Clark County, Ohio

History and Genealogy



Tecumseh


From The History of Clark County, Ohio
Chicago: W.H. Beers & Co., 1881 - Page 374


The noted Indian Chief and Shawnee warrior, Tecumseh, was born on this spot and was twelve years old at the time of Gen. Clark's attack. The following biography of this remarkable man is given in the American Encyclopedia:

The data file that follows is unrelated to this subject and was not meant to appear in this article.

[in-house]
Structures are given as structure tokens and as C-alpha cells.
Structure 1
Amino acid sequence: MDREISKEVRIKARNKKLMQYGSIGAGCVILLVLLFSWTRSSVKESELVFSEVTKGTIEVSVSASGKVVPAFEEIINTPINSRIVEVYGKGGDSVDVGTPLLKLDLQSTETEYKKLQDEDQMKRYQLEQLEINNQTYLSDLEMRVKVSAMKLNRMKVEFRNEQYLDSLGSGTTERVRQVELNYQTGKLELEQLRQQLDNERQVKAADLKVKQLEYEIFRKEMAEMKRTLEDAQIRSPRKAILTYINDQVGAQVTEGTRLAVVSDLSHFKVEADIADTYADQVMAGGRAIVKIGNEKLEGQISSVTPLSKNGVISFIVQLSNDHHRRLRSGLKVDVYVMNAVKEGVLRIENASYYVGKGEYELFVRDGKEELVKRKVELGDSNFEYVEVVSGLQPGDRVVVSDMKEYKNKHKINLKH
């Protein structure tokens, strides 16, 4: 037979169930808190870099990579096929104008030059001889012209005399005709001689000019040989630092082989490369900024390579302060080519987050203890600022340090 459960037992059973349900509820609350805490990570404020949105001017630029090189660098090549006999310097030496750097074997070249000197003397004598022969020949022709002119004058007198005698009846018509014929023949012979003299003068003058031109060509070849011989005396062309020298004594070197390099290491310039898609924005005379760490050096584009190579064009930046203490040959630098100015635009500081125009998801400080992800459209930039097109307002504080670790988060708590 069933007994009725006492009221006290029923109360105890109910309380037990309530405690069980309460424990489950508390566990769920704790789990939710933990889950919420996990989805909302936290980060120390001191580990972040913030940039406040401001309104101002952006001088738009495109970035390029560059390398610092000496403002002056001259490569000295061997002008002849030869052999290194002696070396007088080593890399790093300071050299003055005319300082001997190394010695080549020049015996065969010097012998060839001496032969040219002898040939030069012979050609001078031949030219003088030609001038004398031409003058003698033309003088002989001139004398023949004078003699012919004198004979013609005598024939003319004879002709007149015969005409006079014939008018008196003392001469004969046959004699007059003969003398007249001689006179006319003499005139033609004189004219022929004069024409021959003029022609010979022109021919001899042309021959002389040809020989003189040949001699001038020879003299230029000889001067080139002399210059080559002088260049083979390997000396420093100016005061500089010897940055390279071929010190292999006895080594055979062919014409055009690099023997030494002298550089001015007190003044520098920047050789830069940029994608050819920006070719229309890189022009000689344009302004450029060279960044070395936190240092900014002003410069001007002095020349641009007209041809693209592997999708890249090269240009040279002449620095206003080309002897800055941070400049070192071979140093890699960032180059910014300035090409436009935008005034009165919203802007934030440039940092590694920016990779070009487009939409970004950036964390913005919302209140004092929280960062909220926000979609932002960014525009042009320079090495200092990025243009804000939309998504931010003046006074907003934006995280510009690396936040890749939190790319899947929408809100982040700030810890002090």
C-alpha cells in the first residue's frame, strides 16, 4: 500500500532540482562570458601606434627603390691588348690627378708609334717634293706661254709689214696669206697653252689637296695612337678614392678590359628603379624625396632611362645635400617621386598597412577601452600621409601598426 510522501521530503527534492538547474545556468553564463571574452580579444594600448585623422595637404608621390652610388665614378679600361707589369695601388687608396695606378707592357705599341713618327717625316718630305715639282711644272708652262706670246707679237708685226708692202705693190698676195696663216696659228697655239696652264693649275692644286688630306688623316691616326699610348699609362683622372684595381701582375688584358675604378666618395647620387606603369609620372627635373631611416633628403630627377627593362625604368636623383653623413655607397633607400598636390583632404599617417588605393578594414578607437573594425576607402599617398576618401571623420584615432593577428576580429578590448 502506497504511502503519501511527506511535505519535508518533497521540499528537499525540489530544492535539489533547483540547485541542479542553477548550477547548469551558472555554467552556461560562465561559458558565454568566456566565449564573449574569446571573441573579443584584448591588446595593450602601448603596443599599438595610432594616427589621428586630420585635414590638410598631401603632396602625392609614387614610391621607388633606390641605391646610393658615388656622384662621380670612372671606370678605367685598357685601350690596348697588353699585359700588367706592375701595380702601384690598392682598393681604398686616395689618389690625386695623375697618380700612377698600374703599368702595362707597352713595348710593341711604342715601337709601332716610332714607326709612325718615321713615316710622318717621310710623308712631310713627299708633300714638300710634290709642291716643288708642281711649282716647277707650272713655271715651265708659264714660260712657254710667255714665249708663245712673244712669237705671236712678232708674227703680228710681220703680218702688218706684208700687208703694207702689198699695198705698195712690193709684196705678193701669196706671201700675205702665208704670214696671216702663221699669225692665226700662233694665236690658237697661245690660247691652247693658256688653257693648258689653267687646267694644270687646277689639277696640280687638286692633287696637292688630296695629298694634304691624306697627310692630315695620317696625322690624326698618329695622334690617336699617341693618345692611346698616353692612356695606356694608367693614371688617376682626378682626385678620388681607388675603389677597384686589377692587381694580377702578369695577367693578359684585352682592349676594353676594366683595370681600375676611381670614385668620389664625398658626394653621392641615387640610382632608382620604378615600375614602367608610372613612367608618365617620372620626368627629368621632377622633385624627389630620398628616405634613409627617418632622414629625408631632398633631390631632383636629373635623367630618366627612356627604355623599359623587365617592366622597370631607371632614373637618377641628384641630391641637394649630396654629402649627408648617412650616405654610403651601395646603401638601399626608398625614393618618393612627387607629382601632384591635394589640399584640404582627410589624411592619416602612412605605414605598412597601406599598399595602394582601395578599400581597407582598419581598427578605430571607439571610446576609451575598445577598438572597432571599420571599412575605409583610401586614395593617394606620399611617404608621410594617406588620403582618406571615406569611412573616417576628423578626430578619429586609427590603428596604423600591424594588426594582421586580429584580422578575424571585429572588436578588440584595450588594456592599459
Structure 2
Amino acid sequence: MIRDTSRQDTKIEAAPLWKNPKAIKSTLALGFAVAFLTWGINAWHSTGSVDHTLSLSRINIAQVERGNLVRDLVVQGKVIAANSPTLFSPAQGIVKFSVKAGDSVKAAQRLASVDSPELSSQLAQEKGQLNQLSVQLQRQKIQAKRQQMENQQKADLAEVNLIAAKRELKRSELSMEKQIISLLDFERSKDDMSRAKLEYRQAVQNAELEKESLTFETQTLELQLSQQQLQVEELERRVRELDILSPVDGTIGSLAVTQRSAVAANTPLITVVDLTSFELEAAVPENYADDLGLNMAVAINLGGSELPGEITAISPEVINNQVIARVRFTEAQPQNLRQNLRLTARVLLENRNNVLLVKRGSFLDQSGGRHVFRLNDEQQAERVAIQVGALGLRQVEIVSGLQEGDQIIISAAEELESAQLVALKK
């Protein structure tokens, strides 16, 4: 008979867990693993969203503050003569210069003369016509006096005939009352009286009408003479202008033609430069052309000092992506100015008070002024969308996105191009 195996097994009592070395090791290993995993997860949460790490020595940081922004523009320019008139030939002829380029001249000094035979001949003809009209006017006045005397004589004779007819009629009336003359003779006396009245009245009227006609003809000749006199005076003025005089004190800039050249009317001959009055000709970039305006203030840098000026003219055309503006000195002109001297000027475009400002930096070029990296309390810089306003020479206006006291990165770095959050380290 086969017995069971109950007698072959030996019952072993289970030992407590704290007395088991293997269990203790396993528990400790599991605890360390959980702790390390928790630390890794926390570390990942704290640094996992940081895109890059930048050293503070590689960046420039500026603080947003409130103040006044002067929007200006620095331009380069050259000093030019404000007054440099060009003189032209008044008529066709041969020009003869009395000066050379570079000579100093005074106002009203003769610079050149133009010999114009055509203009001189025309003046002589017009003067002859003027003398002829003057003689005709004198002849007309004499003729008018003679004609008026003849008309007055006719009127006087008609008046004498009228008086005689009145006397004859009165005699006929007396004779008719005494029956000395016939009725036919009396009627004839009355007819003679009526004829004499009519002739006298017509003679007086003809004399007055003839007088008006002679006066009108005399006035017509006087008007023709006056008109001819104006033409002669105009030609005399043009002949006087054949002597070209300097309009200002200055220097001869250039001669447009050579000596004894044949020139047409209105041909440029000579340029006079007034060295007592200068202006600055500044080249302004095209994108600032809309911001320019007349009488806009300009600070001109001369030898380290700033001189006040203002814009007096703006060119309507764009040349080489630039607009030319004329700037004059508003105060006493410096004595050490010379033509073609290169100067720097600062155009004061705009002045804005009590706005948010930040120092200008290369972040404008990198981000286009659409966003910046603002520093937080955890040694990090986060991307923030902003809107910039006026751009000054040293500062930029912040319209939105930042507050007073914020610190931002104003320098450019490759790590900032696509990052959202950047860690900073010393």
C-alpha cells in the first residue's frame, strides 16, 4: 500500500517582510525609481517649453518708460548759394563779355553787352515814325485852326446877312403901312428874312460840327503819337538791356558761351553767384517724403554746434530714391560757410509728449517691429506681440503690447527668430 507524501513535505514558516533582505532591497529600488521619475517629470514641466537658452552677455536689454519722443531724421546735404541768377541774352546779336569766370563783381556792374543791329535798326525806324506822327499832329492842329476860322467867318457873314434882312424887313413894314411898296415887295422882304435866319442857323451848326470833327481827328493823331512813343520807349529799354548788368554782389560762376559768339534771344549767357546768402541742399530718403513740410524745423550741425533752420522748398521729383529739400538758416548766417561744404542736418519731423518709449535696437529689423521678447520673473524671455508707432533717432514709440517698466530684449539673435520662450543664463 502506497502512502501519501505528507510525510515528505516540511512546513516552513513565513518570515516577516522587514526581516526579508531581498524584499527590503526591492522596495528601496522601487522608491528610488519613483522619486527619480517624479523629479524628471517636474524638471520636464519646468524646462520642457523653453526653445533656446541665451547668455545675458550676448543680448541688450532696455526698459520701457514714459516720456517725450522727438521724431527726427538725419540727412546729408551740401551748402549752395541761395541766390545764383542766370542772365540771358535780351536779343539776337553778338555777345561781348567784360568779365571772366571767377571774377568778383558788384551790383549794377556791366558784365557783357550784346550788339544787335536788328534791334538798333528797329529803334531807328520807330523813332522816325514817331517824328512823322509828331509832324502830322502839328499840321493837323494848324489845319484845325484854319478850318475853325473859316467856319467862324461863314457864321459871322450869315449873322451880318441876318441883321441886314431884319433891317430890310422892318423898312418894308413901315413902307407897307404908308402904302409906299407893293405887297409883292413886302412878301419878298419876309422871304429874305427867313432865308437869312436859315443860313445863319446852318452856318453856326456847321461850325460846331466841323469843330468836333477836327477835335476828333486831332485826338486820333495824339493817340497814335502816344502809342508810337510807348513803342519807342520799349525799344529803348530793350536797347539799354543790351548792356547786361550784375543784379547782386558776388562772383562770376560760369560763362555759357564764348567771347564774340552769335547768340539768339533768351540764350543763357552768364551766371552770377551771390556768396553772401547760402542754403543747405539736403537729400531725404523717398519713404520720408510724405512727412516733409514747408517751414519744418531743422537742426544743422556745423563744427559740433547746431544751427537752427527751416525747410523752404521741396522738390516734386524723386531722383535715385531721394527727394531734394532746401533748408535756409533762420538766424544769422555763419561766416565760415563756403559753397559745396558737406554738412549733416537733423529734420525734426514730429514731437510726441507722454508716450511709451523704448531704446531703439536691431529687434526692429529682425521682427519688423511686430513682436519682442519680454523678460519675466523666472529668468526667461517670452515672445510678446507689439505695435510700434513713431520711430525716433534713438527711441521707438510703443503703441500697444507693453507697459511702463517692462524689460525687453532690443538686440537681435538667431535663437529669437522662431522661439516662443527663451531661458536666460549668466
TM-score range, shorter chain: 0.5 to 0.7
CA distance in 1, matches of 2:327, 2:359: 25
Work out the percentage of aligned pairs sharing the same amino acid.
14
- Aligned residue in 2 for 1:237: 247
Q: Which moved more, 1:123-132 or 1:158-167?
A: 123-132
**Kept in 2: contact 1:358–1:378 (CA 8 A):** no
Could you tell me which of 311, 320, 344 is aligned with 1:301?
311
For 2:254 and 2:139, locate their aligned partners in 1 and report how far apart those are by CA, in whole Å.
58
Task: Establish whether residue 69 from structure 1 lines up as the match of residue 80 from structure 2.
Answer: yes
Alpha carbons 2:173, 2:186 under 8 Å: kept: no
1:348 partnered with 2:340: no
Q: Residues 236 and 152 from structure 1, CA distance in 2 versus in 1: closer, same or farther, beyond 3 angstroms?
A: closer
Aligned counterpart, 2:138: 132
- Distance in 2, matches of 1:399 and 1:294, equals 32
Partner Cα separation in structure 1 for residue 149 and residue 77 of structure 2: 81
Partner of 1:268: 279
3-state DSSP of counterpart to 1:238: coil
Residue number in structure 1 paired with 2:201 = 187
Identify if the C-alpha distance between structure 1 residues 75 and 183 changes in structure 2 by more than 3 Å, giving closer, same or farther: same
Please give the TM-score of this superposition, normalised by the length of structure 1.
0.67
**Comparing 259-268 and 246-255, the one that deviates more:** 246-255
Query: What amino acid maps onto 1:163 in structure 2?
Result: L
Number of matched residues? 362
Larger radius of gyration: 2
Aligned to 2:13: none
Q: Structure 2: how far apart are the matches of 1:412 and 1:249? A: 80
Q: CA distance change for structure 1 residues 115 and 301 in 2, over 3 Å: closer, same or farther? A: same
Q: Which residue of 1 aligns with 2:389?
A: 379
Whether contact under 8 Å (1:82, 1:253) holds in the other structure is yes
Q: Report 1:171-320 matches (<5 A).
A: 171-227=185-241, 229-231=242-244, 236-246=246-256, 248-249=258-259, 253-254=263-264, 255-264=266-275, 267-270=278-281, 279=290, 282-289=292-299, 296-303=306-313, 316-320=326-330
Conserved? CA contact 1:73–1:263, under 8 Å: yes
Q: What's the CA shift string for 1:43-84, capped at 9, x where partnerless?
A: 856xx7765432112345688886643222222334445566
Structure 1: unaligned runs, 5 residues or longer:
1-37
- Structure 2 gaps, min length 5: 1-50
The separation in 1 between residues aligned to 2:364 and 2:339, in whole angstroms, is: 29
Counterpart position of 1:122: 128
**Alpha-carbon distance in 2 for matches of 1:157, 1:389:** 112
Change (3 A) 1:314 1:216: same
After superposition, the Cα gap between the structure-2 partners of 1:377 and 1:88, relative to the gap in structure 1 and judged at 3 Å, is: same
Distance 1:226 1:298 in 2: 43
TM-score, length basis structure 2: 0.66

Tecumseh, or Tecumtha, a chief of the Shawnee Indians, was born near the present city of Springfield, Ohio, about 1768, and was killed at the battle of the Thames (Canada), October 5, 1813, being then forty-five years of age. His first prominent appearance was in the attack on Fort Recovery in 1794. About 1805, his brother, Elskwatawa, set up as a prophet, denouncing the use of liquors, and of all food and manners introduced by the whites. Tecumseh and the Prophet then attempted to unite all the Western tribes into one nation to resist the whites. They visited the Indians from the Lakes to the Gulf of Mexico, and soon had a village of 400 Indians gathered at Greenville. Gen. Harrison required them to remove, as it was beyond the Indian limit fixed by treaty. Tecumseh went to Vincennes with 400 warriors to over-awe Harrison, and the conference was broken up by his violence. Finding that he had gone too far, he attempted to explain. In 1811, while he was in the South exciting the Creeks and Seminoles to rise by promise of English aid, Harrison marched on the Prophet's town to demand that the Indians should return to their various tribes, murderers of whites to be surrendered, and plunder given up. the Prophet attacked him and was defeated at Tippecanoe, on the Wabash, November 7. This disconcerted Tecumseh's plans and broke the spell of the Prophet's power. When war was declared with England, Tecumseh appeared in Canada with a number of warriors and refused to meet the American commanders in council. He was in the action against Van Horne on the Raisin, and after being wounded at Maguaga was made a Brigadier General in the British forces. He was in command with Proctor at the siege of Fort Meigs, and saved American prisoners from massacre. After the battle of Lake Erie, he urged Proctor to engage Harrison when he landed, but accompanied him in his retreat. In the first engagement, he was wounded while holding the passage of the stream. With Proctor he selected the battle-ground at the Thames, in the southwest corner of Canada, and commanded the right wing. Laying his sword and uniform in the conviction that he must fall, he put on his hunting dress and fought desperately until he was killed. Col. R. M. Johnson was said to have shot him; but in reality his death was not for some days known to the Americans.